Barbara & Worku Goshu: Creating Bridges Across Civilizations [Archives:1998/12/Last Page]

March 23 1998

Adel J. Moqbil,
Yemen Times
Barbara is Polish, Worku is Ethiopian. They met and married in Poland while Worku was studying art there. The two artists toured the world with their artistic creations. Now they are in Yemen, the first Arab country in which they hold an exhibition. This is not, however, their first encounter with the country. Almost 28 years ago, they visited Aden with their little daughter on their way back from Poland to Ethiopia. Their second visit was 4 years ago, just to get the feel and the atmosphere of the place.
Invited by the Polish Embassy and hosted by the Halaqa group of artists to hold a joint exhibition in Yemen, Barbara and Worku expressed their appreciation for both bodies. “We are here to exhibit Ethiopian art, which is very much similar to Yemen’s,” said Barbara. Their other sponsors include the travel agents Falcon, Universal, Wings, and Yemenia Airlines.
“We came here to share our experiences with Yemeni artists, to give and to learn from them,” announced Worku , who taught art at the Institute of Fine Arts, Addis Ababa, and has his own arts gallery in the Ethiopian capital.
They are both impressed by the “fascinating architecture, the majestic landscape, and the people’s generosity and hospitality.”

Coming from Cracow – the seat of Polish culture, art, tradition, music, poetry and architecture – has prepared Barbara’s “mentality and spirit to associate freely with other cultures and traditions.” For Barbara, Ethiopia and Yemen represent a great source of inspiration not only artistically, but also in terms of religious harmony and tolerance. “In my art, I follow the orthodox line, both traditional and religious, in order to bridge the gap between the past greatness of ancient civilizations and the aspirations of the new generations,” explained Barbara. One of Worku’s good students at the Fine Arts Institute was a Yemeni girl living in Ethiopia, so really “the ties between the two countries never ceased during the past few millennia.”As a child, Worku learned to paint with naturally colored substances and was very much influenced by the country’s diverse topography. After graduating from the Modern Art School, he got a scholarship to Poland where he later studied and met his wife Barbara.
Barbara and Worku first opened their private gallery two years ago in Addis Ababa to which they extended an open invitation to Yemeni artists to exhibit there. It is part of their continuous efforts to “promote the work of young artists, including Yemenis.”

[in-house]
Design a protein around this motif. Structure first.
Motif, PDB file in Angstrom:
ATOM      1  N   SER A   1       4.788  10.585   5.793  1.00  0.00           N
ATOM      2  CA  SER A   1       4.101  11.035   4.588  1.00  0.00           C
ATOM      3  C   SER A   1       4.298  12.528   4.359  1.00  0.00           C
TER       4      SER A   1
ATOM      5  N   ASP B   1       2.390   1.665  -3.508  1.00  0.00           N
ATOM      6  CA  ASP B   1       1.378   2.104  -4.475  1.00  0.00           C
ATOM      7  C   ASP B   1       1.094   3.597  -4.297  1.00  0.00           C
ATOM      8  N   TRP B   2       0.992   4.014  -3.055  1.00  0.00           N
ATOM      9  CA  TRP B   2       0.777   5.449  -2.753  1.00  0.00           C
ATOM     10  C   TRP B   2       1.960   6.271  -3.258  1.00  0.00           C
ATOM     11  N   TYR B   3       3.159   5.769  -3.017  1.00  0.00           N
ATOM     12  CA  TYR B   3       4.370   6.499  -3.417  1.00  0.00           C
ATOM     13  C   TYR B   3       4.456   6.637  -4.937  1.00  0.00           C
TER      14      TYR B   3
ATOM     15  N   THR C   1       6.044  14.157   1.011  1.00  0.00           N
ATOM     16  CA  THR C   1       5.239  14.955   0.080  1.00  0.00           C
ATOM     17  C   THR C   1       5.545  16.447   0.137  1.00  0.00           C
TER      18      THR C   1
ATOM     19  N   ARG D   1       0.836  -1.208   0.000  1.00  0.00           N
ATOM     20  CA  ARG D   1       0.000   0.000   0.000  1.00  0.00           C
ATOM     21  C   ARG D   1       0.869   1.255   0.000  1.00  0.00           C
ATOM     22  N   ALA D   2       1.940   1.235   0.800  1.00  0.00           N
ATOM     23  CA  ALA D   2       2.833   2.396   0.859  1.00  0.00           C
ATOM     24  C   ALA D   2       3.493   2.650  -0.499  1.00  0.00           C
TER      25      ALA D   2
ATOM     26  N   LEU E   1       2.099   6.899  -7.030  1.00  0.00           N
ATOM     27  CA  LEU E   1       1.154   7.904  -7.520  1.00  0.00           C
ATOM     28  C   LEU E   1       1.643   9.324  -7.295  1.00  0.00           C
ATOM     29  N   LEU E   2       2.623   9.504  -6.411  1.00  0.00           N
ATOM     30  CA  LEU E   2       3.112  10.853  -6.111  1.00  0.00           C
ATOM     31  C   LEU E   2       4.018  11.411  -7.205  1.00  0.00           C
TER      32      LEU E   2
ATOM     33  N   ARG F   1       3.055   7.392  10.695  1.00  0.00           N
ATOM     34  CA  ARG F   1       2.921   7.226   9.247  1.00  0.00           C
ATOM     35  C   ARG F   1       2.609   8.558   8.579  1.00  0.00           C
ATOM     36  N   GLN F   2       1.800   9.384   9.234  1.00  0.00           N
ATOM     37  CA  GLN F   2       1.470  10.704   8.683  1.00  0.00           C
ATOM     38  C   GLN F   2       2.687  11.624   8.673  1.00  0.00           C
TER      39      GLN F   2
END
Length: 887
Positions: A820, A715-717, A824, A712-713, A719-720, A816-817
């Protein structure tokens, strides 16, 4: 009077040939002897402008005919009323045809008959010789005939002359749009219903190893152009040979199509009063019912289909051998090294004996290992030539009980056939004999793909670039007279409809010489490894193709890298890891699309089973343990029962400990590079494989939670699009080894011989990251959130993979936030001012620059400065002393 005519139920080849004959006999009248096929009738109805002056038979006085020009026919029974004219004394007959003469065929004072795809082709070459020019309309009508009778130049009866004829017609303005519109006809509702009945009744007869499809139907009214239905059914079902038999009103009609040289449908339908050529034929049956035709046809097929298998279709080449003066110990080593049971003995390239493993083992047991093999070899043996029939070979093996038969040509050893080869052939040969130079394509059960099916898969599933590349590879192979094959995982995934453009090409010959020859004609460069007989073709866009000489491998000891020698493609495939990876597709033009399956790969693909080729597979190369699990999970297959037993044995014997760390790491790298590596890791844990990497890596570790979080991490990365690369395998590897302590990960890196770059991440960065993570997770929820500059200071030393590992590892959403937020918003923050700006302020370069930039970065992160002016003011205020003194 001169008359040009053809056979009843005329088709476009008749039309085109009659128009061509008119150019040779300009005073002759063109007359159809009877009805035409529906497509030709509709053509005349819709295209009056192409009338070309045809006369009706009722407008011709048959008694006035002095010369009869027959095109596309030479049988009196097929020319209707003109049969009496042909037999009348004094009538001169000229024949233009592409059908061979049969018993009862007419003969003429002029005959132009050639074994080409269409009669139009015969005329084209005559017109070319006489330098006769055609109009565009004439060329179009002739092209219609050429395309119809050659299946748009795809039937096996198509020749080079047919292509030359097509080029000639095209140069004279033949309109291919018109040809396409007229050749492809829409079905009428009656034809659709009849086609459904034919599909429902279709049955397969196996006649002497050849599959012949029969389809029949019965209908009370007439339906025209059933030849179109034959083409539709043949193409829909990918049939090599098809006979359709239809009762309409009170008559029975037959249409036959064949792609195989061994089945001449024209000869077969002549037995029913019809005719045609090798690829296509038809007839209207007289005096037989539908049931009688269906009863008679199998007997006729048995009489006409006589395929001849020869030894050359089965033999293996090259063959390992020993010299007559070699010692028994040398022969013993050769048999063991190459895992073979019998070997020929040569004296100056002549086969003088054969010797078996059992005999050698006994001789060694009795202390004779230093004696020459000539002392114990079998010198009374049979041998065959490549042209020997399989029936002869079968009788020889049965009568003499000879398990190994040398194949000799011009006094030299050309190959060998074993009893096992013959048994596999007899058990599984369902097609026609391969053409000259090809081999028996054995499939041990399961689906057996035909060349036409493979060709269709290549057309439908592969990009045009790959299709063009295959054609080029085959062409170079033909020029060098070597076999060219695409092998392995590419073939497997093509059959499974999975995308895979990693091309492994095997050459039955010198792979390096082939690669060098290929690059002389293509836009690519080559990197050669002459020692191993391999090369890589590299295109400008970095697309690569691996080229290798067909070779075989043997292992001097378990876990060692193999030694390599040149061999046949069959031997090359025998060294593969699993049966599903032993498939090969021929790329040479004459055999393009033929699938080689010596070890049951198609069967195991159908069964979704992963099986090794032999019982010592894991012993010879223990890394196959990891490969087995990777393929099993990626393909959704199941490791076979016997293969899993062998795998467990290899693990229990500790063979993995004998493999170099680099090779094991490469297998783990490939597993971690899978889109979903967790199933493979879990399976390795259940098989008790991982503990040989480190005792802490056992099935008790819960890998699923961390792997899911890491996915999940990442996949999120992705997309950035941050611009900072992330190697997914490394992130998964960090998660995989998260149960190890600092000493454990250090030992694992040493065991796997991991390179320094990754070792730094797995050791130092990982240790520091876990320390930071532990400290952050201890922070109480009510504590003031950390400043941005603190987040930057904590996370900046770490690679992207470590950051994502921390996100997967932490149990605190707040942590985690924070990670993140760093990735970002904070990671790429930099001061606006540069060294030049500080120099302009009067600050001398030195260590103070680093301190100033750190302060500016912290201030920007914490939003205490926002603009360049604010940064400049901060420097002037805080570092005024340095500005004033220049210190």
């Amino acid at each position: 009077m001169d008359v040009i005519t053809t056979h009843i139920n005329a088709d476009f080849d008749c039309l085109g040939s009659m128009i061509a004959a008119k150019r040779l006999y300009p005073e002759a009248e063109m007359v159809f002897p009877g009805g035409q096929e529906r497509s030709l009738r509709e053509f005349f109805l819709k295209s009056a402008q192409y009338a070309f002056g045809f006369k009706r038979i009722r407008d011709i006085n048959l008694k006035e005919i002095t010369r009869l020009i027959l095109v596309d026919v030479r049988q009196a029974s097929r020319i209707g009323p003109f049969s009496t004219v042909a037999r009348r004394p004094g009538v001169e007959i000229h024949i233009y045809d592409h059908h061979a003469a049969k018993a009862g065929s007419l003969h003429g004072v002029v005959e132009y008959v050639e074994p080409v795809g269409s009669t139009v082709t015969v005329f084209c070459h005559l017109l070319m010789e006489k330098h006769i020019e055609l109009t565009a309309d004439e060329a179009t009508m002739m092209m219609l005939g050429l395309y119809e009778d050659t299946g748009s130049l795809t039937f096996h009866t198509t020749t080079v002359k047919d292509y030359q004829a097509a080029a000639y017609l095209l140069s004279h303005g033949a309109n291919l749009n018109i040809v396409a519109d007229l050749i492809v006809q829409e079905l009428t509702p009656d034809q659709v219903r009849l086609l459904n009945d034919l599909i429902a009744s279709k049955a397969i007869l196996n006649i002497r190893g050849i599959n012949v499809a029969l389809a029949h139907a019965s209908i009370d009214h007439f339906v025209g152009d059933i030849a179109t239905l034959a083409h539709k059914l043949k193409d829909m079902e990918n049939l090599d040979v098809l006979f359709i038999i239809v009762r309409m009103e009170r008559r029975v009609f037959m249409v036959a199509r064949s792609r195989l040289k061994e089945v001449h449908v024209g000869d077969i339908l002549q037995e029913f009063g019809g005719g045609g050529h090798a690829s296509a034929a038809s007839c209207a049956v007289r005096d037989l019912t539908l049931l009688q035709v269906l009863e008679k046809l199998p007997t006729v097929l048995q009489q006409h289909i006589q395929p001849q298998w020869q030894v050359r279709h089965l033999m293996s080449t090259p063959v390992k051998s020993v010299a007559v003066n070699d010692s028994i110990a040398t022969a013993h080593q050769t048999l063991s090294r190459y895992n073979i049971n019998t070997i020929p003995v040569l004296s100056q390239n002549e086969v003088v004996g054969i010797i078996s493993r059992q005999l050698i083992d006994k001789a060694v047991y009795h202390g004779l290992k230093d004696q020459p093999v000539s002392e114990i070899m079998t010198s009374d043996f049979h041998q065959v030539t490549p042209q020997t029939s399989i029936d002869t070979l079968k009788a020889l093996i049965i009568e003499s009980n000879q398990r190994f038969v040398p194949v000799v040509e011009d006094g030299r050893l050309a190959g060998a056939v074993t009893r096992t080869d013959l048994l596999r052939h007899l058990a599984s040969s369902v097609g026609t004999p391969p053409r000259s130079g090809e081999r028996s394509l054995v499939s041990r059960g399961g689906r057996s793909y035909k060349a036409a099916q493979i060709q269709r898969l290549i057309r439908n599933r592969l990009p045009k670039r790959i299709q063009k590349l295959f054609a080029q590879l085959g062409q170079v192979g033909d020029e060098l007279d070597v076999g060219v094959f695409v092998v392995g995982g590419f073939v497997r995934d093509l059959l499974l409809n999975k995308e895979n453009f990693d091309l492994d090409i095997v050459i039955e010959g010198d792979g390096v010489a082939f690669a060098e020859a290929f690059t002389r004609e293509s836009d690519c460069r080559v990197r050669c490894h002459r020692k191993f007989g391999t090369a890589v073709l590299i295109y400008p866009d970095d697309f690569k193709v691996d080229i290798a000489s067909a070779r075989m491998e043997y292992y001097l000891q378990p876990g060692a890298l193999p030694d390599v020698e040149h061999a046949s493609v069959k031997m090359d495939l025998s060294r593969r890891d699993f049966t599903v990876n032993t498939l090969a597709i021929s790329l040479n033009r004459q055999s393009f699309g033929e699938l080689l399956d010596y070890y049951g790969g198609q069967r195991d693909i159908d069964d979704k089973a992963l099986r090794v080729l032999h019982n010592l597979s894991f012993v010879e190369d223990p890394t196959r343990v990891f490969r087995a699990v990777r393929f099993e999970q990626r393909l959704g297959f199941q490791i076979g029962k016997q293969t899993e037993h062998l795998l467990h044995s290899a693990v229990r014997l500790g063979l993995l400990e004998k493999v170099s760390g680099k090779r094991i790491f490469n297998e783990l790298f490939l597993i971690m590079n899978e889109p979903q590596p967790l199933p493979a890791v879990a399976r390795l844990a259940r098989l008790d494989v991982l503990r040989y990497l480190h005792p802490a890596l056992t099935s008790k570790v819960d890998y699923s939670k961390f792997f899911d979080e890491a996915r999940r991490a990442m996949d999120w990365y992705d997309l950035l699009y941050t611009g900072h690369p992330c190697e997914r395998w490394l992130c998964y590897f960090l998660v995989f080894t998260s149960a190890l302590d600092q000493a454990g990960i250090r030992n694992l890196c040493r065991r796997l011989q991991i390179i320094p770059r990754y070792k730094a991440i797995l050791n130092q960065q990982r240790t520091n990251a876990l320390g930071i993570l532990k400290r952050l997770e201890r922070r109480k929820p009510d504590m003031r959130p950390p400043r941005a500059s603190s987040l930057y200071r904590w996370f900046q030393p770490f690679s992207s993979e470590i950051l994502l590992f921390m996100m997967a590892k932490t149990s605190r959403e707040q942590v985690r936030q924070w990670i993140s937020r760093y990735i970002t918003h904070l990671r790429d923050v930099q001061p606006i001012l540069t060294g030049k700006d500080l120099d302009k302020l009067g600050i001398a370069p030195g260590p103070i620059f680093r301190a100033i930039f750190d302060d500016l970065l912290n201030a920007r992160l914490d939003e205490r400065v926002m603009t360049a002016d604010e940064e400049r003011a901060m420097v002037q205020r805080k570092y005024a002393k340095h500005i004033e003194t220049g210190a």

On his part, the Polish Ambassador to Yemen, Mr. Krzystof Suprowicz expressed his delight in the big response of Yemeni travel agents and tour operators who are extremely helpful and more than willing to help with the organization of this event.
“I have no doubt that the Islamic civilization not only influenced our knowledge in Europe, but also our art and culture,” he pointed out.
Highly influenced by Christian culture, Worku’s paintings and Barbara’s icons on wood with their angelic, big-eyed, forlorn, and almost alien faces are the dominant feature that runs through the couple’s artistic creations, whether they depict Adam and Eve, King Solomon and Queen Bilquis or Jesus Christ and other Christian saints.
All in all, the exhibition, set to go until 28 March at Halaqa, includes 25 oil paintings by Worku, 28 wood carvings and 24 paintings on stone by Barbara.
On another level, the First Secretary at the Polish Embassy, Mr. Kazimierz Romanski indicated that the upcoming 2nd European Film Festival, which will be held from 26 May to 1 June in Sanaa, will include films from France, Germany, Britain, Hungary, Italy, the Netherlands, and Poland. As a member of the festival’s organizing committee who is responsible for contacts with the media, Mr. Romanski also indicated that mistakes made in the last festival such as making Yemeni people stand in long queues at the festival’s gate; while, non-Yemenis were let in without a question, will be “avoided in this event.”
In last year’s festival, only the French film was shown with Arabic subtitles. Let’s hope that other participant countries will follow suit this time.